Methane Emissions Down 10% in 2020 on Output Cuts: IEA (Update)
(Adds comment from producers in final para)
Methane emissions from the oil and gas industry dropped by 10% in 2020, the International Energy Agency (IEA) said in a report on January 18. But rather than progress in leak prevention, the decline largely reflects cuts in output in response to the Covid-19 crisis, the Paris-based agency said.
The IEA estimates that global oil and gas operations released more than 70mn metric tons of methane into the atmosphere last year. Methane is a far greater contributor to global warming than CO2. The gains made in 2020 are set to be lost as production rises and economic activity recovers from the Covid-19 slump, the agency said.
"The immediate task now for the oil and gas industry is to make sure that there is no resurgence in methane emissions, even as the world economy recovers, and that 2019 becomes their historic peak," IEA director Fatih Birol said. "There is no good reason to allow these harmful leaks to continue, and there is every reason for responsible operators to ensure that they are addressed."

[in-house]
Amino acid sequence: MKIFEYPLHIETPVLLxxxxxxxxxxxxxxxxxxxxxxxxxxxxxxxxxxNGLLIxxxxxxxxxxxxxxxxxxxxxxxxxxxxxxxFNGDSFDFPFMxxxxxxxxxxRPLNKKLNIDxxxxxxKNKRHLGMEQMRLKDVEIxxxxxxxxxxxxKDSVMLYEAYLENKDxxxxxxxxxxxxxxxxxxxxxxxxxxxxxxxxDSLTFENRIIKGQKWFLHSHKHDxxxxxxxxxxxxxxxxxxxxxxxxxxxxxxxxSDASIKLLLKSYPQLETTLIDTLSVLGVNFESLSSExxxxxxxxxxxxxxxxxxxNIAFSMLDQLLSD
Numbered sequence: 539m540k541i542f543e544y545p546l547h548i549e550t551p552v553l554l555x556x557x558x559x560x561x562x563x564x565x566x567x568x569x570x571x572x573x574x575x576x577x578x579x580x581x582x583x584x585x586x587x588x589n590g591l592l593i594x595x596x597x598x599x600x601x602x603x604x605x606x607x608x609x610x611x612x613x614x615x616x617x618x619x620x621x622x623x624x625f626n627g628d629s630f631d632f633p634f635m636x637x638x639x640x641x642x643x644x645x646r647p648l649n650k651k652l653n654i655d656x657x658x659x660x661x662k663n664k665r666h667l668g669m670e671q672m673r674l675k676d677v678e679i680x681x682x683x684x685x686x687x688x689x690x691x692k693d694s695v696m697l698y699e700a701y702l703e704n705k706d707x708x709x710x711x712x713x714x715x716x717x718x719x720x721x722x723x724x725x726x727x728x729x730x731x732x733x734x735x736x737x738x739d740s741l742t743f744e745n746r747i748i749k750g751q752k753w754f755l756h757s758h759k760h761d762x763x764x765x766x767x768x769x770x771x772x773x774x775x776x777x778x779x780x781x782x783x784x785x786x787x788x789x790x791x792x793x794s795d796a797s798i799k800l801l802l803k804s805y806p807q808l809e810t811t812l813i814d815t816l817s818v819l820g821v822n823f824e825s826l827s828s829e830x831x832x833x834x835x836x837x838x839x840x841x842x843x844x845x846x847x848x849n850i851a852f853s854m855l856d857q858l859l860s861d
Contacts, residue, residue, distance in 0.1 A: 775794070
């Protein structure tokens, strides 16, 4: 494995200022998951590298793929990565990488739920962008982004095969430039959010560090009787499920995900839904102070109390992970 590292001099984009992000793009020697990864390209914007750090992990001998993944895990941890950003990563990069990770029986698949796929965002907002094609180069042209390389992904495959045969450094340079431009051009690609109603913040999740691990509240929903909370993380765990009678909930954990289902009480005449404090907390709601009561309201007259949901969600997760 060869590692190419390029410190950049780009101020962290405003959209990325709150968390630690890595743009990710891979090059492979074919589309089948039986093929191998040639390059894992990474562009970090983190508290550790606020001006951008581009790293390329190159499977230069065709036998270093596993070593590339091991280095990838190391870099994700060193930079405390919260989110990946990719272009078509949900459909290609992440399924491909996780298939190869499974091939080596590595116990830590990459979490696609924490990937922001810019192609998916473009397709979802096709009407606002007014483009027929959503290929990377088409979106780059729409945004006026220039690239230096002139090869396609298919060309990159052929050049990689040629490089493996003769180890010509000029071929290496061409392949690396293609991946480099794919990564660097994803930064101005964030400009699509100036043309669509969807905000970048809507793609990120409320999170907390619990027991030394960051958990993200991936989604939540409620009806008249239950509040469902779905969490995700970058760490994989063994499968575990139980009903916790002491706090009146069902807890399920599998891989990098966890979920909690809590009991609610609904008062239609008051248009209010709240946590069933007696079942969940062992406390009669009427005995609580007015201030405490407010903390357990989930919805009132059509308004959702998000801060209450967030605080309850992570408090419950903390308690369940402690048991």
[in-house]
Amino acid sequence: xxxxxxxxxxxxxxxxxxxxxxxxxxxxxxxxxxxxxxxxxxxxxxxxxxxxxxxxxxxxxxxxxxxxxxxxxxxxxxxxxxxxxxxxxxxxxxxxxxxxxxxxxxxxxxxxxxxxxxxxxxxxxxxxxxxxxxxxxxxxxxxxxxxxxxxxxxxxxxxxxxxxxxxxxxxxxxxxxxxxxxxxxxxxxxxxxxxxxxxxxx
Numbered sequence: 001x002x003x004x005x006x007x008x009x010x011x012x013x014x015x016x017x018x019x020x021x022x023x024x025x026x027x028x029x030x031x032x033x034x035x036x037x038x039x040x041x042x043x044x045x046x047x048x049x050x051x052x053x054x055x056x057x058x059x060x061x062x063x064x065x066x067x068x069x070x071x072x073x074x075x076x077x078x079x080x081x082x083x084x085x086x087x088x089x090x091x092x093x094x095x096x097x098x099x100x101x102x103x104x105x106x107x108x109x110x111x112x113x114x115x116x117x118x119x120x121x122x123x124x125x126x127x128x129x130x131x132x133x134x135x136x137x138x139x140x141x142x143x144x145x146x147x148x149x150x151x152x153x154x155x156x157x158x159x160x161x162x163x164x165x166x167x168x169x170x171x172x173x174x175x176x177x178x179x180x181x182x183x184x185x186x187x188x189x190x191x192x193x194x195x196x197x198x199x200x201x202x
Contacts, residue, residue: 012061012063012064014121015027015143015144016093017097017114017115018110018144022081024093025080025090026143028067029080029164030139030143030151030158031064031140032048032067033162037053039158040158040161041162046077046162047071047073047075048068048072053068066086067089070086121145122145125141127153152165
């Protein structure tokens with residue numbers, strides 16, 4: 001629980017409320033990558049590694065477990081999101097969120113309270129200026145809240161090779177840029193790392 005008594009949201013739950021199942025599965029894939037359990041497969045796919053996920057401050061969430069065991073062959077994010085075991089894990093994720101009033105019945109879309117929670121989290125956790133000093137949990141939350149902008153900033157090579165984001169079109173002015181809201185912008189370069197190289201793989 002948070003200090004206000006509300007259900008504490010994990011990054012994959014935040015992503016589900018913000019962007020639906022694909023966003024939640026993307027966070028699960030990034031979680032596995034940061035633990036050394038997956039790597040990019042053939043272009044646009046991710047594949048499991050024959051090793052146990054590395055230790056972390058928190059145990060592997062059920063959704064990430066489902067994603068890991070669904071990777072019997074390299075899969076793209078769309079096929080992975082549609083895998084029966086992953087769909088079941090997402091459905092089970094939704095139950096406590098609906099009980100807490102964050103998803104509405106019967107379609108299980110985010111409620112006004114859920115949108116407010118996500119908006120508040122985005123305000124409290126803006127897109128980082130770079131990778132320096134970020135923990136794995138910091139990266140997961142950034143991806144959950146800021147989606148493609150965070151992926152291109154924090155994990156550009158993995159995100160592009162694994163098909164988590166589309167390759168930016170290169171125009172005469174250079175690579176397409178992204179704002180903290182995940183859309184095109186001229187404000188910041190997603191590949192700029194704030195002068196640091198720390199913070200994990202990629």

Reducing these emissions is very cost-effective, IEA said, as investing in leak prevention is rewarded with increased revenues from the gas that is saved.
The IEA has released a 'how-to' guide to help governments and regulators reduce methane releases from oil and gas activity. The report, named Driving Down Methane Leaks from Oil and Gas Industry: A Regulatory Roadmap and Toolkit, draws from analysis of successful measures undertaken in over 50 countries.
"We believe that industry must act, visibly and quickly," Birol said. "But there is also a strong role for government policies; to incentivise early action by companies, push for transparency and improvements in performance, and support innovation in getting results."
Birol called on countries to make commitments on methane reductions ahead of the 2021 UN Climate Change Conference scheduled for November in Glasgow, the UK. "This is also the moment for companies to put all their weight behind this effort," he said, noting that there was growing consumer concern about emissions levels. "A gas producer without a credible story on methane abatement is also one that is taking commercial risks."
The Oil & Gas Climate Initiative (OGCI) said it "fully supports the IEA’s efforts to increase data transparency and welcomes the regulatory roadmap, both of which are critical for mitigating methane emissions. OGCI’s member companies have made it a top priority to reduce methane emissions to near zero, and through their membership in OGCI support the implementation of regulations specifically tackling methane emissions reduction.”